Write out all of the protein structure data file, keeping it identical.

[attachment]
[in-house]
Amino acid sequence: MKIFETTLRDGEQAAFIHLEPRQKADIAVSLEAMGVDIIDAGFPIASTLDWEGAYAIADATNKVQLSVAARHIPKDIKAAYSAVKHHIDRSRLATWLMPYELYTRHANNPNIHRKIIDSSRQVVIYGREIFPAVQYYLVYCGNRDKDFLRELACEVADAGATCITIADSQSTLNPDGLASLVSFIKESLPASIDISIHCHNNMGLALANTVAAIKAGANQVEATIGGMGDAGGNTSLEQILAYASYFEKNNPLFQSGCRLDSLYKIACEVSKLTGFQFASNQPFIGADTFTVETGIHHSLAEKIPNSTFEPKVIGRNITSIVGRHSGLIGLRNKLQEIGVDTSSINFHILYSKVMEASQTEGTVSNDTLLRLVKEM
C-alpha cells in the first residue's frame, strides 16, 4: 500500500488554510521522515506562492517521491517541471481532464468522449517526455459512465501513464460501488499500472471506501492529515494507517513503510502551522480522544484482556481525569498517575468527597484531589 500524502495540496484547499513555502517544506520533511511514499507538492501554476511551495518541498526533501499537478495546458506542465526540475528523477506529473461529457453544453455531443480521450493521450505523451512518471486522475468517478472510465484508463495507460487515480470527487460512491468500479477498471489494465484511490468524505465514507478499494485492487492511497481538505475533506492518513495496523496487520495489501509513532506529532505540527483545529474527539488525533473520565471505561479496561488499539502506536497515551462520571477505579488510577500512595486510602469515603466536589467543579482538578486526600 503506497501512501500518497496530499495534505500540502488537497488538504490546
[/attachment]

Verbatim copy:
[in-house]
Amino acid sequence: MKIFETTLRDGEQAAFIHLEPRQKADIAVSLEAMGVDIIDAGFPIASTLDWEGAYAIADATNKVQLSVAARHIPKDIKAAYSAVKHHIDRSRLATWLMPYELYTRHANNPNIHRKIIDSSRQVVIYGREIFPAVQYYLVYCGNRDKDFLRELACEVADAGATCITIADSQSTLNPDGLASLVSFIKESLPASIDISIHCHNNMGLALANTVAAIKAGANQVEATIGGMGDAGGNTSLEQILAYASYFEKNNPLFQSGCRLDSLYKIACEVSKLTGFQFASNQPFIGADTFTVETGIHHSLAEKIPNSTFEPKVIGRNITSIVGRHSGLIGLRNKLQEIGVDTSSINFHILYSKVMEASQTEGTVSNDTLLRLVKEM
C-alpha cells in the first residue's frame, strides 16, 4: 500500500488554510521522515506562492517521491517541471481532464468522449517526455459512465501513464460501488499500472471506501492529515494507517513503510502551522480522544484482556481525569498517575468527597484531589 500524502495540496484547499513555502517544506520533511511514499507538492501554476511551495518541498526533501499537478495546458506542465526540475528523477506529473461529457453544453455531443480521450493521450505523451512518471486522475468517478472510465484508463495507460487515480470527487460512491468500479477498471489494465484511490468524505465514507478499494485492487492511497481538505475533506492518513495496523496487520495489501509513532506529532505540527483545529474527539488525533473520565471505561479496561488499539502506536497515551462520571477505579488510577500512595486510602469515603466536589467543579482538578486526600 503506497501512501500518497496530499495534505500540502488537497488538504490546